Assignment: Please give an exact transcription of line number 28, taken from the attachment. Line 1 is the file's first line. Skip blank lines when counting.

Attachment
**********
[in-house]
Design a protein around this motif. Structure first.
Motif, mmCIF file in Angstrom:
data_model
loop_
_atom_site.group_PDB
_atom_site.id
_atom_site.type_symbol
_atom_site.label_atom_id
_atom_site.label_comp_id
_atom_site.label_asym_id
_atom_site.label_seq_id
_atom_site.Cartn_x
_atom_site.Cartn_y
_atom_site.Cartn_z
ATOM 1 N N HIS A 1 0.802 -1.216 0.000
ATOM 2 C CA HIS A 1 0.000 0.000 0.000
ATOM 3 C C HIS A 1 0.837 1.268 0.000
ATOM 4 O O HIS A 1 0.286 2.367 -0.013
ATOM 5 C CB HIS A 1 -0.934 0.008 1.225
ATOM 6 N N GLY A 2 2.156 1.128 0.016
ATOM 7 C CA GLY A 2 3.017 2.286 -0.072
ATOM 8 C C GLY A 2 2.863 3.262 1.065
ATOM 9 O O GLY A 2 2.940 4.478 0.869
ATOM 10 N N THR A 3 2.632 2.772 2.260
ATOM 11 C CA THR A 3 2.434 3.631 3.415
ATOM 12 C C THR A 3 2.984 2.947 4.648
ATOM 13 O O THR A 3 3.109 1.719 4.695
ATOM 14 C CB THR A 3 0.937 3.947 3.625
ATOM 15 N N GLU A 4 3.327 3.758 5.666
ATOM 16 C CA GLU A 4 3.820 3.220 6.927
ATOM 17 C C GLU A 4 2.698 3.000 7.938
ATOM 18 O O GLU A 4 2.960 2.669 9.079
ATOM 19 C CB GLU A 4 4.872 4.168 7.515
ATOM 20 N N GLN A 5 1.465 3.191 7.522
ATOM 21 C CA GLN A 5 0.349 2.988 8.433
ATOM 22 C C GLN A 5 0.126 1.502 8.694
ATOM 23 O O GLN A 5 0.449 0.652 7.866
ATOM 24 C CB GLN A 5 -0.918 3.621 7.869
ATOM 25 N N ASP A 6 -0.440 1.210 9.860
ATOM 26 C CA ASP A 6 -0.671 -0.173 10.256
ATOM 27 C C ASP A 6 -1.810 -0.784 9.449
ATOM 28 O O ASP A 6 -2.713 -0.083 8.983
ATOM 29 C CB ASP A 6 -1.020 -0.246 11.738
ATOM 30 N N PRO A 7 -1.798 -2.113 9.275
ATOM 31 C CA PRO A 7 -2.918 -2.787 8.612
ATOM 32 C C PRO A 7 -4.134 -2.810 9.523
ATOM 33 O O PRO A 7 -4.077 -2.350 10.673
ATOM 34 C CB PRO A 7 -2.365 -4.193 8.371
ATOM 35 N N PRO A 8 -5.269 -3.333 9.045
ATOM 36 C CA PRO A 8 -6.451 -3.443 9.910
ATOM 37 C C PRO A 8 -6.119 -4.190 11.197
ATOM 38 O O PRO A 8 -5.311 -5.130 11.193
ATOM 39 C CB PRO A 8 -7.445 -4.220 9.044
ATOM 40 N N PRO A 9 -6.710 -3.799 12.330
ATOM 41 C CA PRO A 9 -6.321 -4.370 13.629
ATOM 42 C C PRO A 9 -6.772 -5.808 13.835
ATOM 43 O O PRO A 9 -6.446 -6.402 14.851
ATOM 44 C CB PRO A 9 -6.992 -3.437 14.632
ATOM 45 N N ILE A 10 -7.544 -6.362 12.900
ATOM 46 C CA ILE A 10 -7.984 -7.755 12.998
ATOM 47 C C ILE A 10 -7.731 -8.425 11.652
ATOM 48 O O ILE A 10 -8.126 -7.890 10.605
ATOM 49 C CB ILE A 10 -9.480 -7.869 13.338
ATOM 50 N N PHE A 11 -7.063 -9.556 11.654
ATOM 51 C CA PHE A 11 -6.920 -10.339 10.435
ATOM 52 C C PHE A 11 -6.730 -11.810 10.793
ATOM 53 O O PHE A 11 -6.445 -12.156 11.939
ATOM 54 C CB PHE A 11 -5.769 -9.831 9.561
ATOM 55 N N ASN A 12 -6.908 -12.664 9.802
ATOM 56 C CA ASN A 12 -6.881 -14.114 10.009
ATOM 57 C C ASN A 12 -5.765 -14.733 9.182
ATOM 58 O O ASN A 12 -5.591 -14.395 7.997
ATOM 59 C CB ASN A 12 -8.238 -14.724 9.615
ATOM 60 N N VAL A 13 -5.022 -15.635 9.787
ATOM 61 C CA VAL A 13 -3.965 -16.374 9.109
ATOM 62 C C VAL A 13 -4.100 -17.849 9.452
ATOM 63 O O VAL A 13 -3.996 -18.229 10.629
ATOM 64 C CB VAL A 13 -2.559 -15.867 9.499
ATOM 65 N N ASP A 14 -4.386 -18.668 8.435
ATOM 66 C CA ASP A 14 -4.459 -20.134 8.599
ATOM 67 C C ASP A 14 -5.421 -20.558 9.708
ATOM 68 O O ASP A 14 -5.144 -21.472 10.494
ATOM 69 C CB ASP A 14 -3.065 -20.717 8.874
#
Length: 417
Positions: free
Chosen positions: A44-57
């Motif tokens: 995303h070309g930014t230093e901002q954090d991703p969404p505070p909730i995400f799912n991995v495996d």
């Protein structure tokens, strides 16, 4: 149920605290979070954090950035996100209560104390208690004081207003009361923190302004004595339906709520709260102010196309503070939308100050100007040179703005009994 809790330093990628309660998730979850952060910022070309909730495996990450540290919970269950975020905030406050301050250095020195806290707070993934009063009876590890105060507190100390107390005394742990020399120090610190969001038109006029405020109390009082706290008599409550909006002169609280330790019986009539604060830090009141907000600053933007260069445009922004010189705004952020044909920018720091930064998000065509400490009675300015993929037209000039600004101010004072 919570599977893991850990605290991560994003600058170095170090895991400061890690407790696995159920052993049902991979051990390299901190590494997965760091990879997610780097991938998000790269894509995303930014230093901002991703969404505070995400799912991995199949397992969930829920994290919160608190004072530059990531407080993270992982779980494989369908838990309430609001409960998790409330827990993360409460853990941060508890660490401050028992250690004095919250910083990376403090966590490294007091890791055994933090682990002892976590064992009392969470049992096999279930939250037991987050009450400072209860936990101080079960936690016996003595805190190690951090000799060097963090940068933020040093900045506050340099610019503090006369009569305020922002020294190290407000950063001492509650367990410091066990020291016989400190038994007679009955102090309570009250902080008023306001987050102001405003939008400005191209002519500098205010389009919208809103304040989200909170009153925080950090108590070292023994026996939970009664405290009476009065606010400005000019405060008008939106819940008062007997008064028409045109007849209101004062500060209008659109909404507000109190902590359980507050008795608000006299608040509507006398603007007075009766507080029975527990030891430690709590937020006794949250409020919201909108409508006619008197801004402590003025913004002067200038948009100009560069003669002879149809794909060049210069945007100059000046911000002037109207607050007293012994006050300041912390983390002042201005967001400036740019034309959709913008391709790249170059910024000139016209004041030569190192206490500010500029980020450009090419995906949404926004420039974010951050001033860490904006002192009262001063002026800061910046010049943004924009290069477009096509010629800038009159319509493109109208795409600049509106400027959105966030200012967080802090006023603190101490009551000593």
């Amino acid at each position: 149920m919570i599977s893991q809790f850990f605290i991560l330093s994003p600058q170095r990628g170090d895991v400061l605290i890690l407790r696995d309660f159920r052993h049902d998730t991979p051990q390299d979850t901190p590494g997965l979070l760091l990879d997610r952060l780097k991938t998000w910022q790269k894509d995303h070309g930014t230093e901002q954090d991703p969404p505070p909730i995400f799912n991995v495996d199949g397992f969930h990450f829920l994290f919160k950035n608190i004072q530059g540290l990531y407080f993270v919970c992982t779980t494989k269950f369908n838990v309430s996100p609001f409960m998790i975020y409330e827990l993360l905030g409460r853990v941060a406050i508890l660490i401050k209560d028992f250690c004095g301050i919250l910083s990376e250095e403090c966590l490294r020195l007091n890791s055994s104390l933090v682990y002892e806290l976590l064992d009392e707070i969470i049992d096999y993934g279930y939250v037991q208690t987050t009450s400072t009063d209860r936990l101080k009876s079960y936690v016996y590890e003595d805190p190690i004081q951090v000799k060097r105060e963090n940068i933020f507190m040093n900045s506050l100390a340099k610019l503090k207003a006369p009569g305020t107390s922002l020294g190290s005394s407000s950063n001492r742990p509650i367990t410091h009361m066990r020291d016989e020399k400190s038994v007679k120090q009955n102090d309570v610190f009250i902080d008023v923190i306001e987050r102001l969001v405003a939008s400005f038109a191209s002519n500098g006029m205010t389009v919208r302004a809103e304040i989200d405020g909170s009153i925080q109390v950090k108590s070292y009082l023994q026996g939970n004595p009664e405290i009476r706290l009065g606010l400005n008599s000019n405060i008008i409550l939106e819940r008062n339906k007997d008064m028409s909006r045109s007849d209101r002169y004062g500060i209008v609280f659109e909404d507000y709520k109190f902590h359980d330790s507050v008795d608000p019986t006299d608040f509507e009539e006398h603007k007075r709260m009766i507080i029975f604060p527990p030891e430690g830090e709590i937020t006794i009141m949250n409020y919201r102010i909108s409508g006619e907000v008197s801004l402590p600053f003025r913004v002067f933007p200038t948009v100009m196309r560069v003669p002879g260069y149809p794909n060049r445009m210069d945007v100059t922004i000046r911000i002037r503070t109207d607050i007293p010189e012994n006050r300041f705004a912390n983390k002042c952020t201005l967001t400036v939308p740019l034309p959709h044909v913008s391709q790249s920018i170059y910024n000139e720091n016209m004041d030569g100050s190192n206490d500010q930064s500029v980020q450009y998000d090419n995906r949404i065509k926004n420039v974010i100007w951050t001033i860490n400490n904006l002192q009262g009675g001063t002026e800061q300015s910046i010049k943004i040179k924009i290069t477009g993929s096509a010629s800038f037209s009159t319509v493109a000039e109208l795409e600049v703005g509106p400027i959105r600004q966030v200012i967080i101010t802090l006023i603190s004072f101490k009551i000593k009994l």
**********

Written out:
ATOM 13 O O THR A 3 3.109 1.719 4.695